Please Explain: Polyester and Synthetics

Friday, December 16, 2011

Earlier this year we looked at the natural fibers wool and silk, and this week we’re talking about polyester and other synthetics! Polyester is used in carpeting, building materials, and clothing. Sean Cormier, assistant professor in the Textile Design and Marketing Department at the Fashion Institute of Technology, and Jill Dumain, Director of Environmental Strategy at Patagonia, explain how polyester and other synthetics are made and how they’re used.


Sean Cormier and Jill Dumain

Comments [21]

Nancy from nyc

I am allergic to formaldehyde and have been told it is present in many fabrics. What purpose does is serve in fabric manufacture?

Dec. 17 2011 08:02 AM
Amy from Manhattan

Fred: Not all advocates of hemp are pro-marijuana, & much (maybe most, certainly all that can be sold in the US) of the hemp grown for fabrics & foods (like hempseed) doesn't actually contain THC & can't be used as a drug.

Dec. 16 2011 01:59 PM

... that was some terrific vagueness regarding how the industry treats the toxic byproducts of production.

Dec. 16 2011 01:57 PM
Andrew Falk

I've recently seen ads for "heat generating" clothing... what is that all about? Does it work?

Dec. 16 2011 01:57 PM

What do you do about fabric pilling?

Dec. 16 2011 01:56 PM
Amy from Manhattan

Does Thinsulate stay flattened & not regain any of its loft, or can it recover its insulating properties?

Dec. 16 2011 01:55 PM
Will from NNJ

Does PolarFleece Expire?
-When Should I throw it out?

It feels so fluffy when new & so nubbly & flat after awhile

Dec. 16 2011 01:54 PM
Bill from New Rochelle


Q. What kind of science is that?

Dec. 16 2011 01:53 PM
Alan from Manhattan

What is Heattech, which I believe is sold only by Uniqlo? The underwear and socks made from this material is by far the most comfortable of its respective kind I have ever worn.

Dec. 16 2011 01:50 PM
Ana from NJ

Polyester = plastic
That is why it doesn't burn but it melts. That is why has the potential of creating bacteria since it makes you sweat.
That is why is cheaper.
Take a piece of fabric that is 100% polyester and burn with a match carefully, it will melt just like plastic.
Think then on buying something that is not majority polyester.

Dec. 16 2011 01:43 PM
Fred from UWS

Often times pro-marijuana people tout Hemp as a miracle plant and fabric derived from it being incredible. It can last forever. Is this as strong as rayon?

Dec. 16 2011 01:42 PM
Michaela Harkins from Jersey City, NJ

Wool is remarkable because it can be washed and re-shaped -- the "flattening" of the fabric that Sean referred to is not permanent (especially if you take care of your woolens). In addition, wool keeps the wearer warm even when it is wet. Petroleum based fibers cannot replace a natural fiber.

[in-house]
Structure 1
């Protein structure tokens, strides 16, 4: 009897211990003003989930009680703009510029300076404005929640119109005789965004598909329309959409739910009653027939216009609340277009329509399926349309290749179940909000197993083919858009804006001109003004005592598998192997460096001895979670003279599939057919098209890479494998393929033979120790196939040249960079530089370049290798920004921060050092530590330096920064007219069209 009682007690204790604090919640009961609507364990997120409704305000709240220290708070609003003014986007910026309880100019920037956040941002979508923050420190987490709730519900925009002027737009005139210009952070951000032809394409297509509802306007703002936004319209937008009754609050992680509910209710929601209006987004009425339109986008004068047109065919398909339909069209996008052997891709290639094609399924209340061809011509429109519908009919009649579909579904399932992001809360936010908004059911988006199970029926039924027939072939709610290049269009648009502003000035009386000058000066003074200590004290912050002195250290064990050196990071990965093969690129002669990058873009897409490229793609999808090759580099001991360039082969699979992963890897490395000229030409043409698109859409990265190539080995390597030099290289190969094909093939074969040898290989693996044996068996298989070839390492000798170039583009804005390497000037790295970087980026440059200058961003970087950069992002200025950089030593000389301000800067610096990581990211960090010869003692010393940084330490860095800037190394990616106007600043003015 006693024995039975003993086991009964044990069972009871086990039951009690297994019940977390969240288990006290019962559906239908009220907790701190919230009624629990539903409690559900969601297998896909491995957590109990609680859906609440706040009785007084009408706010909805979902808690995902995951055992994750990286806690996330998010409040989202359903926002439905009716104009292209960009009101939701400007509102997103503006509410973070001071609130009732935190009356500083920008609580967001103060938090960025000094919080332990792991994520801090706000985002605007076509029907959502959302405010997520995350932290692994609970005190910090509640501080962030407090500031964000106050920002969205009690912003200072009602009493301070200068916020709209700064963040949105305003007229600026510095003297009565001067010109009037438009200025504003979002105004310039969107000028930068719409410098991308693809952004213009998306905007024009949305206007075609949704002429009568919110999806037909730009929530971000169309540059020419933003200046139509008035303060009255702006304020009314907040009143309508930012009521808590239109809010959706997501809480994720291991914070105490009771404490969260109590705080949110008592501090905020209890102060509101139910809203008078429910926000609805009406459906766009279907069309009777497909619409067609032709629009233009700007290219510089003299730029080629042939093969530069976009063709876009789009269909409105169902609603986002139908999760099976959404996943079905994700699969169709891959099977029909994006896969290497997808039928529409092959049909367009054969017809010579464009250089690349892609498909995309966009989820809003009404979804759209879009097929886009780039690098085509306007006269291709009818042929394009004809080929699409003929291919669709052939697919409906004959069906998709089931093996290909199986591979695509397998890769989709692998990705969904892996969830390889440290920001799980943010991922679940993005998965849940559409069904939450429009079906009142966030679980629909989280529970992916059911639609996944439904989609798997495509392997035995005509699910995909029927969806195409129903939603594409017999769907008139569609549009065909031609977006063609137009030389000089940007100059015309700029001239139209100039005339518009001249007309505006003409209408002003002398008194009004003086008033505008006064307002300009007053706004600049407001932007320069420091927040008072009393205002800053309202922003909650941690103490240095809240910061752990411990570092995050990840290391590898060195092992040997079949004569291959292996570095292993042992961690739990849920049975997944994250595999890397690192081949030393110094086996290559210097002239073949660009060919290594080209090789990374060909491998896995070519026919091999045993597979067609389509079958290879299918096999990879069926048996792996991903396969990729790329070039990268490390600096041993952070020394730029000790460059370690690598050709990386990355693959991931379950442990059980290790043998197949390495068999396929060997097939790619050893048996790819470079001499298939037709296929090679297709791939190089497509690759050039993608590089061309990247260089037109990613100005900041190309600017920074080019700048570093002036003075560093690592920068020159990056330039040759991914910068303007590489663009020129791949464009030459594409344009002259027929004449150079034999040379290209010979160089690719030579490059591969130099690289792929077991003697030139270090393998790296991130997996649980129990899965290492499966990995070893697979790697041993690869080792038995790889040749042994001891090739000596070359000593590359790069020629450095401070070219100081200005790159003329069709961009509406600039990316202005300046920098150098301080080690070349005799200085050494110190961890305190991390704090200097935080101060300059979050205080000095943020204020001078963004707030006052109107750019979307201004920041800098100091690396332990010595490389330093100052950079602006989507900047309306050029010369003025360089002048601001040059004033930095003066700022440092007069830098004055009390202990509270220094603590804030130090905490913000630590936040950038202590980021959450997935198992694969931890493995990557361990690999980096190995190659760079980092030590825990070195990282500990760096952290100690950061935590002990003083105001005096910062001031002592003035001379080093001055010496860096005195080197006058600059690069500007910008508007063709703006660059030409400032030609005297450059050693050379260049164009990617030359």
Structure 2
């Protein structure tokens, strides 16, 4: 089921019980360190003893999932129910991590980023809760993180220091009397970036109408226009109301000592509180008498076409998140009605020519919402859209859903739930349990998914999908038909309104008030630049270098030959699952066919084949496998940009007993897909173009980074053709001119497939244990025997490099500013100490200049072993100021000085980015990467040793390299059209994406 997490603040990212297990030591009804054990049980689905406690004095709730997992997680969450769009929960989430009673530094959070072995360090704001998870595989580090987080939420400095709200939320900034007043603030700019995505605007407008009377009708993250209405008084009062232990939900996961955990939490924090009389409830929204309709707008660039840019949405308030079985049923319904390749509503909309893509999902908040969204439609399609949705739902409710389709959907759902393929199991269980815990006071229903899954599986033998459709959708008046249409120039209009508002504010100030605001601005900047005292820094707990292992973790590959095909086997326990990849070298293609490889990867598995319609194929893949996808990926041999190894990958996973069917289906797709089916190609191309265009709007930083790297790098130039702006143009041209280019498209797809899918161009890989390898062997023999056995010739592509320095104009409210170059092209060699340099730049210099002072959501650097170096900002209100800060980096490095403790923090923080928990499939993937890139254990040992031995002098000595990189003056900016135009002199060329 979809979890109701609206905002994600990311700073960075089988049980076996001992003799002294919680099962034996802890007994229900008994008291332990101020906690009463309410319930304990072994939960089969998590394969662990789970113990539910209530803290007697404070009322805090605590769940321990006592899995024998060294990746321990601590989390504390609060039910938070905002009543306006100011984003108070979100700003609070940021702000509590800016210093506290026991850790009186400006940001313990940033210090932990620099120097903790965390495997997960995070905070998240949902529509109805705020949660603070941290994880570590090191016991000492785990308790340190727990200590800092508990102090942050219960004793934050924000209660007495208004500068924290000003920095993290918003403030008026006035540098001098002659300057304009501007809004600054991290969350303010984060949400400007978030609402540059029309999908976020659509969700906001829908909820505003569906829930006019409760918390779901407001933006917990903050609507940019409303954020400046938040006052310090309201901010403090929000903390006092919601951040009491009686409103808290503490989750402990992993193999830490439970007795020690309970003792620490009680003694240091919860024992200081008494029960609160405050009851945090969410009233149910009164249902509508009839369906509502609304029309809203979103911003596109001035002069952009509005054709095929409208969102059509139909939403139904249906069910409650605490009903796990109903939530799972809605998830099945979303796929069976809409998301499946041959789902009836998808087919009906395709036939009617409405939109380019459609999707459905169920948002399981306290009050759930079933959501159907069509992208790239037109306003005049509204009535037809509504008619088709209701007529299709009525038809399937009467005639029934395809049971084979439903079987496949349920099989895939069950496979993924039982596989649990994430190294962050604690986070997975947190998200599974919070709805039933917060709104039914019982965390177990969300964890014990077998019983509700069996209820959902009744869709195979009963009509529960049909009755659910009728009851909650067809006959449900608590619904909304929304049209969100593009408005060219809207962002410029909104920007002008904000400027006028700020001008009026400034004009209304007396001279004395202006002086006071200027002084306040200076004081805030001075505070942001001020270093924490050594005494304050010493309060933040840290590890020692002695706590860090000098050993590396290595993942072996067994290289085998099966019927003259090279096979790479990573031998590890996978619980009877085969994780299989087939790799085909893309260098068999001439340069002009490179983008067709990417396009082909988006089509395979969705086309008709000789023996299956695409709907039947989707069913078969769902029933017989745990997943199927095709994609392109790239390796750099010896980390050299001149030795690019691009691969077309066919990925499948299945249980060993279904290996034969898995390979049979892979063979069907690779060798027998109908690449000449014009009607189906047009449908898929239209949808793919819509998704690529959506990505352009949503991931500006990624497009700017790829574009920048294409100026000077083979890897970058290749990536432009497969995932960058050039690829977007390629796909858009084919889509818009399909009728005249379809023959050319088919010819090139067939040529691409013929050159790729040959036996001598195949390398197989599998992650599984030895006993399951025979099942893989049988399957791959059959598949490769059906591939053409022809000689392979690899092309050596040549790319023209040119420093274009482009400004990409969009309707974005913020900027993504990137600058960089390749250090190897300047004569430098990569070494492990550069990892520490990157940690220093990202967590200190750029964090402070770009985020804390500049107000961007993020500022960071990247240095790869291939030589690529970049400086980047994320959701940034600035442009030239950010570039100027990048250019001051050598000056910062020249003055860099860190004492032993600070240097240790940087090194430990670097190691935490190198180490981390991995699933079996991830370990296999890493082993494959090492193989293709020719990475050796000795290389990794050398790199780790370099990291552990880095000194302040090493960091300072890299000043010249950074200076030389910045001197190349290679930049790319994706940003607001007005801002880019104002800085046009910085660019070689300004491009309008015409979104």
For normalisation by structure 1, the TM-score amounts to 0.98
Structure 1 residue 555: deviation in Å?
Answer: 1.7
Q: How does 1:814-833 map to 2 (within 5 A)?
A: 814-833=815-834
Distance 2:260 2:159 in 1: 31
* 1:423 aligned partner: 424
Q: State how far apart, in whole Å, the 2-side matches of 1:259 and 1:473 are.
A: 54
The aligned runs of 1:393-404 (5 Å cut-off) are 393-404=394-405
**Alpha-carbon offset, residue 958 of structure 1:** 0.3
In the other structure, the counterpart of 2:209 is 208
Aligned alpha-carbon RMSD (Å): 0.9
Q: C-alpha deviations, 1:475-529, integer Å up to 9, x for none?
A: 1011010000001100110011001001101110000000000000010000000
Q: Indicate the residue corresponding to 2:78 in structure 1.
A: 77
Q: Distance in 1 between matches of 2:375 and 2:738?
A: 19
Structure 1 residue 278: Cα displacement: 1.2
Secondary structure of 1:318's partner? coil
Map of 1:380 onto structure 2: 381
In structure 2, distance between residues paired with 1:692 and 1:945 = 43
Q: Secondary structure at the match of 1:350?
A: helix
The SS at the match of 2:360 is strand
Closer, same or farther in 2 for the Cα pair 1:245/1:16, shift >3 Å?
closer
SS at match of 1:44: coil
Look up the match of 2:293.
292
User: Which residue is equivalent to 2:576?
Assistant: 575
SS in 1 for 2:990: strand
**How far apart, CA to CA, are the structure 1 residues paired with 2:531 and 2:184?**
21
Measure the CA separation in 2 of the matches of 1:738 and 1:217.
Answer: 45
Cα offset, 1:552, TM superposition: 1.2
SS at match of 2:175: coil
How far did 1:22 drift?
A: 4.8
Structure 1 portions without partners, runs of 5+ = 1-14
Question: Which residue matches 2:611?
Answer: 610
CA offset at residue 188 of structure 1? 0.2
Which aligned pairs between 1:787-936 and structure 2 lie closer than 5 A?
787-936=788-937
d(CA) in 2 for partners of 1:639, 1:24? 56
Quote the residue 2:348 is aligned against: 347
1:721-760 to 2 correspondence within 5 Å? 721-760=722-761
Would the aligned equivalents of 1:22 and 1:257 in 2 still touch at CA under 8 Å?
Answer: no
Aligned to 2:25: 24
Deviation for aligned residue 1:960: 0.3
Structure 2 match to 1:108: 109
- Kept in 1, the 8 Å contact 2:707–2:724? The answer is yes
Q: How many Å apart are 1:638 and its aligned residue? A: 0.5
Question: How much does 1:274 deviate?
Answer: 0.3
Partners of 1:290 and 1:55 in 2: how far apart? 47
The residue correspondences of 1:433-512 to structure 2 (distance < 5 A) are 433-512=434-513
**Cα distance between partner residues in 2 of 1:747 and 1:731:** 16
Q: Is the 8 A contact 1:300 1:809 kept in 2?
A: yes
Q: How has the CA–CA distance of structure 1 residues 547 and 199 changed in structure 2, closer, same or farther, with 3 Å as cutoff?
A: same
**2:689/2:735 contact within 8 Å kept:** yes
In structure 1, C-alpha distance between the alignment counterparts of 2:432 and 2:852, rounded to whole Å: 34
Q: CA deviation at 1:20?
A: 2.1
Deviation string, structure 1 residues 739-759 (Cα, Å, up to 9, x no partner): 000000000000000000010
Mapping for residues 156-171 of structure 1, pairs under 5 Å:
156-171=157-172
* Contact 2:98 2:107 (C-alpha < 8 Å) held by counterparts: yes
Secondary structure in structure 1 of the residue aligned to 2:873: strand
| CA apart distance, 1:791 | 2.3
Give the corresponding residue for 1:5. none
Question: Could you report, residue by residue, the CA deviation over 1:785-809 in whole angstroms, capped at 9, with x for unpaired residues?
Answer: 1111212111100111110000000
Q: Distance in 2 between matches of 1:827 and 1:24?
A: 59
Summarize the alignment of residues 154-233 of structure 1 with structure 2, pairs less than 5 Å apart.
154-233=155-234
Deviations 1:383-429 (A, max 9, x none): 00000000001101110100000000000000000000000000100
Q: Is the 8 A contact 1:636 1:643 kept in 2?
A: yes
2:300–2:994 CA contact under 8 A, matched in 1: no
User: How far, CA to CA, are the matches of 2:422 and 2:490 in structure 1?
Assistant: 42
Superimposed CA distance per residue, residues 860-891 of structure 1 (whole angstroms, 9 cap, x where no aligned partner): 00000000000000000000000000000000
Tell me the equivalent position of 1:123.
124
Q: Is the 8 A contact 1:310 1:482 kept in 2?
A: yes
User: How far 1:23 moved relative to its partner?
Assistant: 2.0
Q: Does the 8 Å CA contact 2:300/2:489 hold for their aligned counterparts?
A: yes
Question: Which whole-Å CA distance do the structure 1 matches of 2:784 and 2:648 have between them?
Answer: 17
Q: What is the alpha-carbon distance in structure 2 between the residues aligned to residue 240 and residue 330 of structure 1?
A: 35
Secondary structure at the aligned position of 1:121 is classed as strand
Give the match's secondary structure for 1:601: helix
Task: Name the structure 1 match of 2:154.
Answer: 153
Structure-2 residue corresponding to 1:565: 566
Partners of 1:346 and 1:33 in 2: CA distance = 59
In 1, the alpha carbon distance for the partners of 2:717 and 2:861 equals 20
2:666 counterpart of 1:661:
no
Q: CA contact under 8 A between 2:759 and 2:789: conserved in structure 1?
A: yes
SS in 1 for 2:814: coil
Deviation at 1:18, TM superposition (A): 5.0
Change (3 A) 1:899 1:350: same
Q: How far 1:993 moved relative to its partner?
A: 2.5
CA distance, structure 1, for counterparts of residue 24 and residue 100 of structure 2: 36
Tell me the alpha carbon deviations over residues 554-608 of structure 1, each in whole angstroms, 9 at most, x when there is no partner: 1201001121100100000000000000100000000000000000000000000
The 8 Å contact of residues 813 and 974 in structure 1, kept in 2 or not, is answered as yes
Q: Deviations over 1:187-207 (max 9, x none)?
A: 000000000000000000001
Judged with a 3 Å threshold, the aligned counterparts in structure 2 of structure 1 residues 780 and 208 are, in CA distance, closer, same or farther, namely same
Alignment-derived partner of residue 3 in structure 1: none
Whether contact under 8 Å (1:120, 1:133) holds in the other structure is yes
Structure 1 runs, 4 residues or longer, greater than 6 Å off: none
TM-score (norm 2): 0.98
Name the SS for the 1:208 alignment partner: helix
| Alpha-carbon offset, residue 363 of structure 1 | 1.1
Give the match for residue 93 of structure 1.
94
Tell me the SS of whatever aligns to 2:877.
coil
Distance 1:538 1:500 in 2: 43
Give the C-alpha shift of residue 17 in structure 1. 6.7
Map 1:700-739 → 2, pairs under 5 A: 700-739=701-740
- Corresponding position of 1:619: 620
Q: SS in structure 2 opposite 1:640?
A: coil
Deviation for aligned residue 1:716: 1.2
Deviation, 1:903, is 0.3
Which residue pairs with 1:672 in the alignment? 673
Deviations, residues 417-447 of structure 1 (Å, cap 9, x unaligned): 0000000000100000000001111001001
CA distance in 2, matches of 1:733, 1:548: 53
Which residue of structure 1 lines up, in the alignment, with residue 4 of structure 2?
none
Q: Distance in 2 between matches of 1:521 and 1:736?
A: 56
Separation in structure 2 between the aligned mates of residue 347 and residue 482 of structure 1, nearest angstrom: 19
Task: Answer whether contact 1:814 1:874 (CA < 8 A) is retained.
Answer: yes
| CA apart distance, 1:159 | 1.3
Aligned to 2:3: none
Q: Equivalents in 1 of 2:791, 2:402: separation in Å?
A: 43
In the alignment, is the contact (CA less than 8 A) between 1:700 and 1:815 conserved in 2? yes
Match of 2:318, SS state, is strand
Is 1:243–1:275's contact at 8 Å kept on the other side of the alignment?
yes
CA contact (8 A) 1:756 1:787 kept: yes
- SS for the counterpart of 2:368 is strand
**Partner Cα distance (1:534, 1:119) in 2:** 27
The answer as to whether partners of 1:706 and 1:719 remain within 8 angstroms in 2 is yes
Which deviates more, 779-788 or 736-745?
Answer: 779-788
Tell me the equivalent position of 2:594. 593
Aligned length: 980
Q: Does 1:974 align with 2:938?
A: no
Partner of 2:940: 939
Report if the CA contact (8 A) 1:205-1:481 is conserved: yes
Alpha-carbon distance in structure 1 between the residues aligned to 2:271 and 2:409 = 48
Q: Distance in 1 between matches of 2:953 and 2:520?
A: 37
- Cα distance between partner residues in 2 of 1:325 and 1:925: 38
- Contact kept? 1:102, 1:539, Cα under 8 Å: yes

Dec. 16 2011 01:42 PM
Amelia from NYC

Polyester is the hot dog of the fabric industry? That is a great way to think about it. Thanks for that quote.

Dec. 16 2011 01:41 PM
Jenny from ES

Durability in clothing seems like a very wise solution but isn't the problem fashion itself? Shelf life that is? Trends.

Dec. 16 2011 01:41 PM
Ray Skorupa from westchester

The weaving process is an ancient one. Modern manufacturing has mechanized or automated this process. What about fabrics that are not created from a thread, either natural or synthetic? What about garments that can be created without stitching pieces together but are one integral piece?

Dec. 16 2011 01:41 PM

I look for polyester in my workout clothing - i like how it wicks sweat and dries quickly. The polyester fabric seems nicer than in the past, but really expensive. Are we paying for the technology or the brand name?

Dec. 16 2011 01:39 PM
Bill from New Rochelle

I think my fleece hoodie is great.

Why won't anyone make a men's sport jacket, or suit of poly fleece?

I'd enjoy a sport jacket that would keep me warm on a late December day.

Dec. 16 2011 01:39 PM
Geo from astoria

is polyester good for your skin?
does it have any negative effects?

Dec. 16 2011 01:36 PM

Please ask your guests about flammability.

Dec. 16 2011 01:36 PM
A listener

If I remember correctly, older versions of polyester shirts would hold onto body odor after washing. Have the fabrics changed so that that is no longer the case?

Dec. 16 2011 01:35 PM
Chicago listener

Why does a jacket made from recycled water bottles wind up costing three hundred dollars?

Is the process difficult or expensive, or am I simply paying for the fact that I can't make my own polyester jacket?

Dec. 16 2011 01:32 PM

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